Australia’s premium housing market has softened more than its more affordable segment, according to the latest CoreLogic Decile Report.
The report provides a detailed analysis at different levels of Australia’s property market by dividing the market into ten equal groups (or deciles) based on tiers of property value. For the May report (based on data to the end of April 2018), the 10th (premium) decile nationwide were properties valued over $1,212,486. The most affordable decile range had a value of $256,786 or lower.
By analysing changes in dwelling values across each decile, the report identifies which parts of the market are over or under performing relative to the headline trends, summarising property market conditions nationally and across each of the capital cities.
The broad trend findings in the CoreLogic May Decile Report showed that values have been falling on an annual basis across the 10th decile (the premium end of the market), while all other valuation deciles enjoyed positive (albeit restrained) growth over the twelve months to April 2018.
National dwelling values were 0.2% higher over the 12 months to April 2018 - the slowest annual rate of growth since values fell -0.3% over the 12 months to October 2012. Analysing deeper at a decile level, it was only the most expensive 10% of properties that recorded a fall in values over the year (-4.3%) and all other sectors recorded annual growth greater than 0.2%. CoreLogic research analyst Cameron Kusher said, “The softening premium property market trend became even more evident when we assessed it from a quarterly basis, with values trending lower across the three most expensive property deciles.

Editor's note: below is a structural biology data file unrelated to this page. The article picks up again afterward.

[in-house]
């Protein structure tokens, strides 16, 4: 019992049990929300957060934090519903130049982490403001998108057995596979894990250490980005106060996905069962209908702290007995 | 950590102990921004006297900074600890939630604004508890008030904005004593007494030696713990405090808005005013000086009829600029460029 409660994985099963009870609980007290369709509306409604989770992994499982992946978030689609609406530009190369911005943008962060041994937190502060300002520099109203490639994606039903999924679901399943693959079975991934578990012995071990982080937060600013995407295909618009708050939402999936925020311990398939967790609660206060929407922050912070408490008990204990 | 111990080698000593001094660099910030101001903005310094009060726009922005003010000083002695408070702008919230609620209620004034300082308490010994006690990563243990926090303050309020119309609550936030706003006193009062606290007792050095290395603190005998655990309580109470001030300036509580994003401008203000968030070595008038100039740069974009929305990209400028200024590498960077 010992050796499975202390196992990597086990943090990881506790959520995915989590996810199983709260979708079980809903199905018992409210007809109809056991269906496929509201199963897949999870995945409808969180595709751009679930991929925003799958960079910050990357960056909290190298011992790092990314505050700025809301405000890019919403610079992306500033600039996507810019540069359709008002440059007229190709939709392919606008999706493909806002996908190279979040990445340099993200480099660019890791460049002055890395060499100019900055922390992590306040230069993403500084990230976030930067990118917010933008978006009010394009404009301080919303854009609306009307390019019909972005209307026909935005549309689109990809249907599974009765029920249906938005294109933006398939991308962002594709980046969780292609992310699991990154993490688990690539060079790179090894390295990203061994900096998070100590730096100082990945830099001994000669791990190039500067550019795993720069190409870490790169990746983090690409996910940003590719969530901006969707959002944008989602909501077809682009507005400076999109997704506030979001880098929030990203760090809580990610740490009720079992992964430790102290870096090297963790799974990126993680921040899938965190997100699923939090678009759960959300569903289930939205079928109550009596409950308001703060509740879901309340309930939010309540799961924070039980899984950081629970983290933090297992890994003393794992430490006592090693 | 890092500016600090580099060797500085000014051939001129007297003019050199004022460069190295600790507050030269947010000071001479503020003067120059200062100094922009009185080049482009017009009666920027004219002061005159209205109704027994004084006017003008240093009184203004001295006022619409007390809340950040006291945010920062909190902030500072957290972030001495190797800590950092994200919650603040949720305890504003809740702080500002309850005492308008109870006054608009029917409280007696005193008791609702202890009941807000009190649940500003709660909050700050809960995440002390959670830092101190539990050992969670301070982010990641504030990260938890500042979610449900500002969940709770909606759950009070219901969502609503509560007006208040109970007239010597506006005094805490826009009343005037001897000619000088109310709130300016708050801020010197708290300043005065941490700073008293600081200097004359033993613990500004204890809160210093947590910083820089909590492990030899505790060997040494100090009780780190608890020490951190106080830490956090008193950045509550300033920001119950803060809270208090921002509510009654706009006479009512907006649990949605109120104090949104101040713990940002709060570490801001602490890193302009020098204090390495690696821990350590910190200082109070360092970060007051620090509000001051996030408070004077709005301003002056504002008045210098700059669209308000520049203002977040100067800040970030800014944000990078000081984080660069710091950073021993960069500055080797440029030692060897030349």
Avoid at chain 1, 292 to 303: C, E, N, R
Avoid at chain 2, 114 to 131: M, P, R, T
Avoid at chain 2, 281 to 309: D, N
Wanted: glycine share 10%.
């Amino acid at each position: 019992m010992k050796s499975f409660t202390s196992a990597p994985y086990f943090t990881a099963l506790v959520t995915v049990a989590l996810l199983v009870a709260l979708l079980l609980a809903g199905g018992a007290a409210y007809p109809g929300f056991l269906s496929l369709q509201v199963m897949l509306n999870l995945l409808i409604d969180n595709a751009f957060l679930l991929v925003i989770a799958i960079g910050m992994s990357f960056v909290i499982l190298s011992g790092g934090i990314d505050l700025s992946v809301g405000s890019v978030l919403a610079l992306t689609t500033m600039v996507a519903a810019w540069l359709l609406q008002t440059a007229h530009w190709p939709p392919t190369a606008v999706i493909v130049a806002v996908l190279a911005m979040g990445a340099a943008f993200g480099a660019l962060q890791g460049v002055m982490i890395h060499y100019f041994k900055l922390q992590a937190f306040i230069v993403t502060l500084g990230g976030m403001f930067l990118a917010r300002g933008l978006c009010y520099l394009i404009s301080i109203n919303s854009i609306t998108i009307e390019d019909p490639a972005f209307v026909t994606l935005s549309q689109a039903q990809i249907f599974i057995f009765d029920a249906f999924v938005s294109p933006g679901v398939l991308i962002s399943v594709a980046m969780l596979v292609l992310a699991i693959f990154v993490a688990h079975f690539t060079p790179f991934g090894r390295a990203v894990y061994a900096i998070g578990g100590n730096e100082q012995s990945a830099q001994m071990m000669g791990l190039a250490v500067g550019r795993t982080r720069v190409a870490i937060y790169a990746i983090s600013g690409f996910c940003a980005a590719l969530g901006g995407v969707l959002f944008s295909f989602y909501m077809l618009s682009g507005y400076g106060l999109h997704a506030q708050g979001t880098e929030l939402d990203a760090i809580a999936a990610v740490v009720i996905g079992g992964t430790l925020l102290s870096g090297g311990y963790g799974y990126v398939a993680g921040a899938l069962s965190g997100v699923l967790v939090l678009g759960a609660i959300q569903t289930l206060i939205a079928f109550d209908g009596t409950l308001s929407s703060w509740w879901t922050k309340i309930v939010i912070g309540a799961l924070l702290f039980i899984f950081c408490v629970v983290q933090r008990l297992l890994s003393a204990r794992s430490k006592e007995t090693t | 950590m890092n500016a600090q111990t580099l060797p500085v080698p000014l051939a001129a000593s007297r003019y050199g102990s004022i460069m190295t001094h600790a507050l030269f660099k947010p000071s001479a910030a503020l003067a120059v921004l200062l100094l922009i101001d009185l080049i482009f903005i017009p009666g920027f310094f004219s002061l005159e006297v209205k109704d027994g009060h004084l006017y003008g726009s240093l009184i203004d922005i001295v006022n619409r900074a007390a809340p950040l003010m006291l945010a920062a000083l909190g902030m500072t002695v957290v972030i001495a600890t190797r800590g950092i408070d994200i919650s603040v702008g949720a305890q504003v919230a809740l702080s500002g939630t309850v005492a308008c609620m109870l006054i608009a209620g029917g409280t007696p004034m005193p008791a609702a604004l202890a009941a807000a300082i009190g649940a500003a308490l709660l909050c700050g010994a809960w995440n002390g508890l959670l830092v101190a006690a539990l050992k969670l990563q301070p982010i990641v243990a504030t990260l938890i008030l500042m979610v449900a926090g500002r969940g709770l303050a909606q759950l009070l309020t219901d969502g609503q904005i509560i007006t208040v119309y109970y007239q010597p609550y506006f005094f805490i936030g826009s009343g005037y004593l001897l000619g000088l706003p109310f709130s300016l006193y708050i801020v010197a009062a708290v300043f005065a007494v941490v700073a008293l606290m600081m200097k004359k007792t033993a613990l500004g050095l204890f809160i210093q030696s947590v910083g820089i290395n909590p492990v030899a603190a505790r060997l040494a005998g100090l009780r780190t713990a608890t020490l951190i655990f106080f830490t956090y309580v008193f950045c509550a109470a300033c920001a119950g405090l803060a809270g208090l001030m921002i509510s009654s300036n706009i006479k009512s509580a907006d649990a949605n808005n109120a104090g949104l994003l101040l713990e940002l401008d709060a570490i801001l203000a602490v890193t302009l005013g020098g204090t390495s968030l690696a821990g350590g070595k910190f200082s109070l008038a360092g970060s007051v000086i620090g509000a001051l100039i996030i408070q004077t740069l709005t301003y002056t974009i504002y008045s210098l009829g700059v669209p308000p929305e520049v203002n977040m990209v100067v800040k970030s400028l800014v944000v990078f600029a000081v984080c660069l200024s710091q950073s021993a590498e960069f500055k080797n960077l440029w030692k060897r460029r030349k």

“By contrast, the more affordable decile ranges remained in subtle growth over the past three months, and it was the most affordable 10% of properties that recorded the greatest quarterly value increase, up 1.6%. This data highlights how weakness across the most expensive property values can exacerbate weakness across the broader housing market”.
The trend does however vary by location as Mr Kusher explains. He said, “The more affordable end of the market is the strongest across Sydney, Melbourne and Brisbane, whereas Perth is showing the strongest performance at the premium end of the property market. Adelaide is demonstrating good strength in the middle valuation brackets, while Hobart’s growth appears to be very broad-based.”
According to Mr Kusher, “The trends across each decile suggest that stronger housing market conditions are persisting across the most affordable end of the valuation spectrum, potentially supported by a surge in first home buyer activity and mounting affordability constraints at the higher value end of the market. The country-wide trends will also reflect that fact that more expensive properties are located in the capital cities or more specifically Sydney and, to a lesser extent, Melbourne. The overall weaker performance across these two property markets will place some downwards bias across the higher deciles.”